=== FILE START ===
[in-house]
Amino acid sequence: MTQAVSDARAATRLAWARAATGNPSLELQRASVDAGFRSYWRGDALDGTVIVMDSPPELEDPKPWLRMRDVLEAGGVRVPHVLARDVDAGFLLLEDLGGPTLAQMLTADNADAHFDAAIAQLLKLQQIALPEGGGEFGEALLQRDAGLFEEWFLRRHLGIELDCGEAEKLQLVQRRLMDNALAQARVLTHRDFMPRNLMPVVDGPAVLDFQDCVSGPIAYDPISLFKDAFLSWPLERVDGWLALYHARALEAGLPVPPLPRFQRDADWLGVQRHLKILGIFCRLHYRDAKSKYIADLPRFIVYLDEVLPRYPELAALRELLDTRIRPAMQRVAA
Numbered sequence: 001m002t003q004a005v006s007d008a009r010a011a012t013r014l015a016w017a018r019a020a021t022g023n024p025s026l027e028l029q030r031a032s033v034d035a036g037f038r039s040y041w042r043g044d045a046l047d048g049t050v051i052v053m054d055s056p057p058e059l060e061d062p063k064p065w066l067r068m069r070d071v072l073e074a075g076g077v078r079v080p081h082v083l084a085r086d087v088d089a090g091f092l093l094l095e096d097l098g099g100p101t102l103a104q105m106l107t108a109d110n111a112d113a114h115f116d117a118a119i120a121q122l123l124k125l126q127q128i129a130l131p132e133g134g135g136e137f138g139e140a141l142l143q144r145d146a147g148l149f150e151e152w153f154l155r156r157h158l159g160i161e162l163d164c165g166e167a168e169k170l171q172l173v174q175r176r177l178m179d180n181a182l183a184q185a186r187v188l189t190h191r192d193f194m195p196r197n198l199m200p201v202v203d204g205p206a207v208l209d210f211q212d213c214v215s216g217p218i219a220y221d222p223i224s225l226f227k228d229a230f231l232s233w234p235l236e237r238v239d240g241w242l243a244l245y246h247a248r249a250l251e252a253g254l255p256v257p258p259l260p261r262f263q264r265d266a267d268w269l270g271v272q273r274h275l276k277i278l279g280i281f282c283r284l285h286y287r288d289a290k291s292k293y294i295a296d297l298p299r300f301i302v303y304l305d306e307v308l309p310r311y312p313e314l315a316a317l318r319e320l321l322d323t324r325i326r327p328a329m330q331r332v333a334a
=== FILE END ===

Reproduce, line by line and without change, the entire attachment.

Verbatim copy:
[in-house]
Amino acid sequence: MTQAVSDARAATRLAWARAATGNPSLELQRASVDAGFRSYWRGDALDGTVIVMDSPPELEDPKPWLRMRDVLEAGGVRVPHVLARDVDAGFLLLEDLGGPTLAQMLTADNADAHFDAAIAQLLKLQQIALPEGGGEFGEALLQRDAGLFEEWFLRRHLGIELDCGEAEKLQLVQRRLMDNALAQARVLTHRDFMPRNLMPVVDGPAVLDFQDCVSGPIAYDPISLFKDAFLSWPLERVDGWLALYHARALEAGLPVPPLPRFQRDADWLGVQRHLKILGIFCRLHYRDAKSKYIADLPRFIVYLDEVLPRYPELAALRELLDTRIRPAMQRVAA
Numbered sequence: 001m002t003q004a005v006s007d008a009r010a011a012t013r014l015a016w017a018r019a020a021t022g023n024p025s026l027e028l029q030r031a032s033v034d035a036g037f038r039s040y041w042r043g044d045a046l047d048g049t050v051i052v053m054d055s056p057p058e059l060e061d062p063k064p065w066l067r068m069r070d071v072l073e074a075g076g077v078r079v080p081h082v083l084a085r086d087v088d089a090g091f092l093l094l095e096d097l098g099g100p101t102l103a104q105m106l107t108a109d110n111a112d113a114h115f116d117a118a119i120a121q122l123l124k125l126q127q128i129a130l131p132e133g134g135g136e137f138g139e140a141l142l143q144r145d146a147g148l149f150e151e152w153f154l155r156r157h158l159g160i161e162l163d164c165g166e167a168e169k170l171q172l173v174q175r176r177l178m179d180n181a182l183a184q185a186r187v188l189t190h191r192d193f194m195p196r197n198l199m200p201v202v203d204g205p206a207v208l209d210f211q212d213c214v215s216g217p218i219a220y221d222p223i224s225l226f227k228d229a230f231l232s233w234p235l236e237r238v239d240g241w242l243a244l245y246h247a248r249a250l251e252a253g254l255p256v257p258p259l260p261r262f263q264r265d266a267d268w269l270g271v272q273r274h275l276k277i278l279g280i281f282c283r284l285h286y287r288d289a290k291s292k293y294i295a296d297l298p299r300f301i302v303y304l305d306e307v308l309p310r311y312p313e314l315a316a317l318r319e320l321l322d323t324r325i326r327p328a329m330q331r332v333a334a